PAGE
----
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Loss Prevention Tip #4

Loss Prevention Tip
Caution: Friends and Relatives Ahead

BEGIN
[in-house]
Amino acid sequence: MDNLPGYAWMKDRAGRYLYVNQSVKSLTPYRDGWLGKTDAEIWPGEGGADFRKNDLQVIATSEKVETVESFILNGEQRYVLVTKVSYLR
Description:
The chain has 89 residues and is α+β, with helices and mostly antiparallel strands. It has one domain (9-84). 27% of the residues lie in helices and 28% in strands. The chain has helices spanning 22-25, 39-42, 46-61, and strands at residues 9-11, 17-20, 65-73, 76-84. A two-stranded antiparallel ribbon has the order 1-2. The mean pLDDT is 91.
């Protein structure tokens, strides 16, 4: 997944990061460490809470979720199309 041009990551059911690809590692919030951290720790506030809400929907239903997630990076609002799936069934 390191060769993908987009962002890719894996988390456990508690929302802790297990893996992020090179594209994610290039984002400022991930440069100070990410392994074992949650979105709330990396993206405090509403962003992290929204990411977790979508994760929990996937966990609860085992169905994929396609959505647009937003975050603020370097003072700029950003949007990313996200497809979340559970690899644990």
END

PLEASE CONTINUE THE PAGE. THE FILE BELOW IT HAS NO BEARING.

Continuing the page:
Lawyers often report a potential insurance claim on a matter they have taken on for a friend or relative. These are among the most embarrassing claims for the lawyer and among the most difficult to defend for the insurer. Be especially wary if friends or relatives approach you to act in areas of law where you don’t practice. Taking on an unfamiliar kind of legal matter requires extra time and greatly increases your chance of committing an error. If you do decide to act for friends or family members, even for free, you owe the same duty of care to them as you do to paying clients. To avoid problems, don’t talk about the file at social occasions or around the dinner table. Make these clients come to your office. Open a file. Send them letters, including an opening letter setting out the terms of your professional relationship and what you will and will not undertake for them. Include whether you will bill them and, if so, on what basis. Make clear the amount of disbursements you anticipate and who will pay for them. Report to your clients periodically, in writing, on the status of the file. If you meet with them on the matter, make notes for your file. Include notes of conversations you inadvertently have in your living room or at a hockey game. Make sure their file data makes its way into your office conflicts system and into your limitations system. Not getting paid will not relieve you of your professional responsibilities. (Excerpt from Issue #20, CLIA Loss Prevention Bulletin)